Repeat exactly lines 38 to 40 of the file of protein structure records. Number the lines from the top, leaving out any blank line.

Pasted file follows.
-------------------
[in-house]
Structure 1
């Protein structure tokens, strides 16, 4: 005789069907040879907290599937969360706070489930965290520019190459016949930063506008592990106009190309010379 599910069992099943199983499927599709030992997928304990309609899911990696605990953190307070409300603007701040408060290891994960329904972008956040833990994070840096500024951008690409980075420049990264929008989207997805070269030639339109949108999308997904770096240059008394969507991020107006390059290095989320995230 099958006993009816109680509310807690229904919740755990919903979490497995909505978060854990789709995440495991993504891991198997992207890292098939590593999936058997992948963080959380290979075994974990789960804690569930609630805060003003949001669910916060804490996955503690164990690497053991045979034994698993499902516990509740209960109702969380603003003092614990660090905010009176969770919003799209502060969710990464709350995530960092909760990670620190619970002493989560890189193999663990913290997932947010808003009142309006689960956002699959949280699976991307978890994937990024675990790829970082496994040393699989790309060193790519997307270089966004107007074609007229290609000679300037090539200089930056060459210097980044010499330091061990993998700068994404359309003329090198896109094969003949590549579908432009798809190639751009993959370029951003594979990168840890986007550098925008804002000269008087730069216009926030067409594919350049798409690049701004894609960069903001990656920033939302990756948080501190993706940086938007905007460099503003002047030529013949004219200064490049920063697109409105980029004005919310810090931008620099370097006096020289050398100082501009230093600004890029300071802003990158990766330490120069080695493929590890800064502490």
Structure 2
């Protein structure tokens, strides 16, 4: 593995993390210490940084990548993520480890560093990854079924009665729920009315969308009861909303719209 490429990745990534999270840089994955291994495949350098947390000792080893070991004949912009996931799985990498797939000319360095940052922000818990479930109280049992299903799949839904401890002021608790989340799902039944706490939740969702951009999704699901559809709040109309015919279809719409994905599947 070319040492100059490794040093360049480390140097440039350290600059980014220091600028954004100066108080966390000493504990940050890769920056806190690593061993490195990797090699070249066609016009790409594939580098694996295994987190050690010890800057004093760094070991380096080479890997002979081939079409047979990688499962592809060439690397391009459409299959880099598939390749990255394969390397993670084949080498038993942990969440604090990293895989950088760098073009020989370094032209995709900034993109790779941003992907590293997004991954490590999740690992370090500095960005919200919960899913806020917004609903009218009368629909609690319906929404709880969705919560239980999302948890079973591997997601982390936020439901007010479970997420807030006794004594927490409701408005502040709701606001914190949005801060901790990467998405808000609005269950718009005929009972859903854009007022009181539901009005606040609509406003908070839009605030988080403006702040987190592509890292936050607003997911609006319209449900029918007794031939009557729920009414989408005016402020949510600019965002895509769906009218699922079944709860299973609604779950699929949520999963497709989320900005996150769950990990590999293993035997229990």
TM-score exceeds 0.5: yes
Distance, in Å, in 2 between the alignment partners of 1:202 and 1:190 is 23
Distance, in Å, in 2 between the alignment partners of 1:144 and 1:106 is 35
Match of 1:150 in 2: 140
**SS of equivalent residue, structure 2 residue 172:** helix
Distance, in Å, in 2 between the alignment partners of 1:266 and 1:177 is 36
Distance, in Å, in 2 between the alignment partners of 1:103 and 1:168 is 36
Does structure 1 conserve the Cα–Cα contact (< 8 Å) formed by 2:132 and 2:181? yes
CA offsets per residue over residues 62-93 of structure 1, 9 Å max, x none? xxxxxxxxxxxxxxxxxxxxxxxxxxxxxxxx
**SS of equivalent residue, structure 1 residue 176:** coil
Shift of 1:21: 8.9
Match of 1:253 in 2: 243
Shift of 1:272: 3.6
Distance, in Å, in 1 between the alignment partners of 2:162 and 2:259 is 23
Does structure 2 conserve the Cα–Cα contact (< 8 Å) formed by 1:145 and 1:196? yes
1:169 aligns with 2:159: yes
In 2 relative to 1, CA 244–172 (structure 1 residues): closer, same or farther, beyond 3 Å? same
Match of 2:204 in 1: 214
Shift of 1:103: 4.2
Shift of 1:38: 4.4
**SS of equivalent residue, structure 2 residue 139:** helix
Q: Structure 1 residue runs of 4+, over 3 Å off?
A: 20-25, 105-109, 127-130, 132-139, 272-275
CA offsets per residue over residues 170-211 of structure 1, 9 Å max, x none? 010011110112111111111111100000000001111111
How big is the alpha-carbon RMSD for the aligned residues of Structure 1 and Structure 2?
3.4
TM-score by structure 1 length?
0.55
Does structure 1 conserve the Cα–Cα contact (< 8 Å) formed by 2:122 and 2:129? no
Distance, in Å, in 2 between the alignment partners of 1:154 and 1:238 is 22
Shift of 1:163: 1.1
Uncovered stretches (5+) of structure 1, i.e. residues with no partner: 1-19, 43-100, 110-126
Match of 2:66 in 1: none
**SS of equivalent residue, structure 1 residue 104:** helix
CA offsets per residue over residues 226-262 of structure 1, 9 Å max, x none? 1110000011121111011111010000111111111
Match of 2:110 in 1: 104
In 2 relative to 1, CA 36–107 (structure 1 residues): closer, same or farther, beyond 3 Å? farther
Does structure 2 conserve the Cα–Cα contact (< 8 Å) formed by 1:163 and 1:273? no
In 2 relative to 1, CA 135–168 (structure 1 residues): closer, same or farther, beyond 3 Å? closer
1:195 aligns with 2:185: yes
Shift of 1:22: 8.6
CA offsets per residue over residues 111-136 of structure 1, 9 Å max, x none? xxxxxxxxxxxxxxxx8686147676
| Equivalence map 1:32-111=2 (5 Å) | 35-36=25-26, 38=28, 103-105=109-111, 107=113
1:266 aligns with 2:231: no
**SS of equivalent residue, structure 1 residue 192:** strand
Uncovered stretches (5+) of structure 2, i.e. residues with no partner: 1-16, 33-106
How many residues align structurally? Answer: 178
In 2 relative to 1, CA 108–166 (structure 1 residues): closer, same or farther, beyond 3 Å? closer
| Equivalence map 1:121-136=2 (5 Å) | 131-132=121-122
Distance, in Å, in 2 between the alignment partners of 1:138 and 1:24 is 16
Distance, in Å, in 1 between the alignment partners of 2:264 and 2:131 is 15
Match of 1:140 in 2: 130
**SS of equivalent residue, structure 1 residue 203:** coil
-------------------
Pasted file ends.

Match of 2:66 in 1: none
**SS of equivalent residue, structure 1 residue 104:** helix
CA offsets per residue over residues 226-262 of structure 1, 9 Å max, x none? 1110000011121111011111010000111111111